tl;dr: Except perhaps for brief periods of testing, there is no reason to ever place a VoIP device in DMZ.


NytOwl

join:2012-09-27
canada

1 recommendation

I agree with you, Mango.

I replied rather quickly and should've elaborated further, as you just did. I hadn't put that much thought into it.

I also come from a world of Enterprise networking, where DMZs in many cases can still be port-restricted and thus arguably are not true unrestricted DMZs as they are in consumer-grade equipment. My bad.

I just take issue with the quick recommendation to simply "disable the firewall function" without first testing with other solutions.

And finally, yes, configure your equipment properly the first time, as you said. Huge +1 there.

Mango
What router are you using?
Premium
join:2008-12-25
www.toao.net
kudos:15
Reviews:
·Callcentric
·AcroVoice
·Anveo
said by NytOwl:

I just take issue with the quick recommendation to simply "disable the firewall function" without first testing with other solutions.

Definitely a valid point. No point in reducing security unless things absolutely won't work any other way.

On a slightly related topic, if you have the time I would be delighted if you would take a look at »SPI vs. restricted cone NAT . I'm curious about how SPI works and why it sometimes doesn't work properly.

chipface

join:2011-07-13
Reviews:
·TekSavvy Cable
·Rogers Hi-Speed
reply to Old Martin
said by Old Martin:

Hi,

If you connect the ATA to your router, make sure the Ethernet goes from Router lan port to ATA wan port.

In router....
-disable ALG and SPI router firewalls
-Add rule to forward ports 443, 5060 to 5080, and 16384 to 16482 (Both UDP and TCP)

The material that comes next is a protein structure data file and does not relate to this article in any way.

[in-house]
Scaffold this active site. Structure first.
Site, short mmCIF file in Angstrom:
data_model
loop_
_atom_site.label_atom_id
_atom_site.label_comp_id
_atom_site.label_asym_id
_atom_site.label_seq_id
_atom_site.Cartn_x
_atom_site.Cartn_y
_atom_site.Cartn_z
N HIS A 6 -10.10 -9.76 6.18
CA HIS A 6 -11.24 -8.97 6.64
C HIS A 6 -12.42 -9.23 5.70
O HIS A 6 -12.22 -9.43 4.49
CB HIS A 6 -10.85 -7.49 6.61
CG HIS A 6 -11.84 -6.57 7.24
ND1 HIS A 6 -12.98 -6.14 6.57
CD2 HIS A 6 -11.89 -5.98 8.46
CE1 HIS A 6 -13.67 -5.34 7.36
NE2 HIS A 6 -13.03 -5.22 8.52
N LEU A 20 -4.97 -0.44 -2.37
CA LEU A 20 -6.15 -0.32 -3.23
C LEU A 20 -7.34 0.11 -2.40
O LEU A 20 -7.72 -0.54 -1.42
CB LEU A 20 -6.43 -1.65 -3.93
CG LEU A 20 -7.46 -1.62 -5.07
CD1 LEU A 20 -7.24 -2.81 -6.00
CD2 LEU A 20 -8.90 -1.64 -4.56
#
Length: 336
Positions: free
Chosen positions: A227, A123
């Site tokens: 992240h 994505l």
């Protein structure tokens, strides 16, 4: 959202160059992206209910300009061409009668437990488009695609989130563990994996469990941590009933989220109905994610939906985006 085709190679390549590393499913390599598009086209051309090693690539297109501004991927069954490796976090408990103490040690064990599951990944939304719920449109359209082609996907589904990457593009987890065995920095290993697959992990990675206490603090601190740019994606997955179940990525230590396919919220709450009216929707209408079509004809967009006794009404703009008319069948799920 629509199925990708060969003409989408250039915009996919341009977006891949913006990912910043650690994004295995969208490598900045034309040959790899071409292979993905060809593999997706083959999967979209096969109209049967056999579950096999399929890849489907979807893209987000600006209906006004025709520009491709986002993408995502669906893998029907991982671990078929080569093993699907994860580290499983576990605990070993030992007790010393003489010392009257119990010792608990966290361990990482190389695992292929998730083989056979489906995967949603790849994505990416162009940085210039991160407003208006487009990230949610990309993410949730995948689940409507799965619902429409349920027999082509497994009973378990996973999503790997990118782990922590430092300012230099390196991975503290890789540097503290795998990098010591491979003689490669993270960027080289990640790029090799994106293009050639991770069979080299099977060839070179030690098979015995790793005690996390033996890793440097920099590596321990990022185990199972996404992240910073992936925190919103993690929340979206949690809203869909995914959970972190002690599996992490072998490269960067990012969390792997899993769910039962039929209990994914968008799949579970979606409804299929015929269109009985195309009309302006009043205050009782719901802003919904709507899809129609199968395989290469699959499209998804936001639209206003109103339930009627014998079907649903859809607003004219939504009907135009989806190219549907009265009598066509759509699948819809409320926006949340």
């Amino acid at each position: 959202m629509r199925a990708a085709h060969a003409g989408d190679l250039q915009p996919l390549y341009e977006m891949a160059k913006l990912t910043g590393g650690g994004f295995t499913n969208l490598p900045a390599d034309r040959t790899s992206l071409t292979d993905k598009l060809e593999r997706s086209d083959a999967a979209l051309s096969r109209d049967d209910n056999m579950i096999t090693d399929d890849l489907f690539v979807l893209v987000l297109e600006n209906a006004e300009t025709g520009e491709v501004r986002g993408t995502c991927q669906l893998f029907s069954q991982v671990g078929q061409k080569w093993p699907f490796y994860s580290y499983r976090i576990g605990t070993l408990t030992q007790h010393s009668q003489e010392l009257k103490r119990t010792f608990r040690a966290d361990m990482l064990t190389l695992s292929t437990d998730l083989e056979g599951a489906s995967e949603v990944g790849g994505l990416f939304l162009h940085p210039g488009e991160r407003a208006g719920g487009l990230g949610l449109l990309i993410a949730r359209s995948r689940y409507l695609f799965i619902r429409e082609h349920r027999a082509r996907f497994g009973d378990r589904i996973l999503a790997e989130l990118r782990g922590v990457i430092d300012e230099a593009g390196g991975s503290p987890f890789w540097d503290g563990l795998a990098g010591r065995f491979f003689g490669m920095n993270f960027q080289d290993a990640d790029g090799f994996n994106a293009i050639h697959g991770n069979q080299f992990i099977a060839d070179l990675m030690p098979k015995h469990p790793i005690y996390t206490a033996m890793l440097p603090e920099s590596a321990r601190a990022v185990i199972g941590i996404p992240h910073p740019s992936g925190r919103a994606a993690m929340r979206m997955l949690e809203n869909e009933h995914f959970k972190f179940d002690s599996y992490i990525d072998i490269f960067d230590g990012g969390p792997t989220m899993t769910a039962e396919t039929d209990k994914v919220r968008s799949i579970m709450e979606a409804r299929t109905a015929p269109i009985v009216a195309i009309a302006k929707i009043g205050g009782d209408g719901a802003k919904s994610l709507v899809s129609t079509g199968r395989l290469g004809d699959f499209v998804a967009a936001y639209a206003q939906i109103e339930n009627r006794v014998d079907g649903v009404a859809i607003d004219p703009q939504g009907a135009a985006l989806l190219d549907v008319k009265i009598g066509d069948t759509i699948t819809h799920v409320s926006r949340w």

Regards,
Martin

Will that also work with the Linksys SPA 2102?

Mango
What router are you using?
Premium
join:2008-12-25
www.toao.net
kudos:15
Try it without disabling things and without adding port forwarding. If your phone doesn't ring or you have one-way audio, then you can investigate further.

InvalidError

join:2008-02-03
kudos:5
reply to Mango
said by Mango:

I suspect Martin recommended disabling SPI because it is implemented poorly in some routers and causes problems with VoIP.

How do you disable SPI on a consumer-grade NAT-ing router?

In most consumer-grade routers, the only reason it does "SPI" is because it is an intrinsic requirement for NAT: you cannot do NAT without maintaining some form of state tables to keep track of which exterior ports and remote IP:ports are associated with which LAN clients. It is effectively impossible to do NAT without some basic form of SPI to keep track of connection mappings.

Mango
What router are you using?
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join:2008-12-25
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kudos:15
Reviews:
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·AcroVoice
·Anveo
From what I understand (and if I'm wrong please correct me) SPI is not a standard and can mean different things depending on the make/model of the router.

Sometimes, SPI implies DPI which also examines the data inside the packet, and drops or alters packets that don't conform to its standards. That's what breaks VoIP. This is also known as SIP ALG, SIP Helper, and probably other things, depending on the router. Sometimes, this specific behaviour can be disabled, while retaining the other positive features of SPI.

If your router doesn't allow you to disable this behaviour, a workaround that often works is not to use port 5060. However, this requires your VoIP service provider to listen on multiple ports which they may not.

InvalidError

join:2008-02-03
kudos:5

1 recommendation

said by Mango:

From what I understand (and if I'm wrong please correct me) SPI is not a standard and can mean different things depending on the make/model of the router.

Technically, SPI alone does not do anything specially useful apart from rejecting traffic that does not match the known state of any active connection, hence the term Stateful Inspection.

Doing NAT requires inspecting or tracking individual connections to know when sessions begin so port mappings can be assigned for IP rewriting across the LAN-WAN interface and end so port mappings can be deleted once no longer in use to free up resources for future connections. The NAT's SPI implementation might not be as strict or thorough as a formal SPI firewall might be but it will still act as one for most intents and purposes - I cannot imagine a way to write a normal NAT (dynamic 1:N) without accidentally making it behave as a basic SPI firewall.

DPI is pretty much the same as SPI except for being able to dig deeper into packets.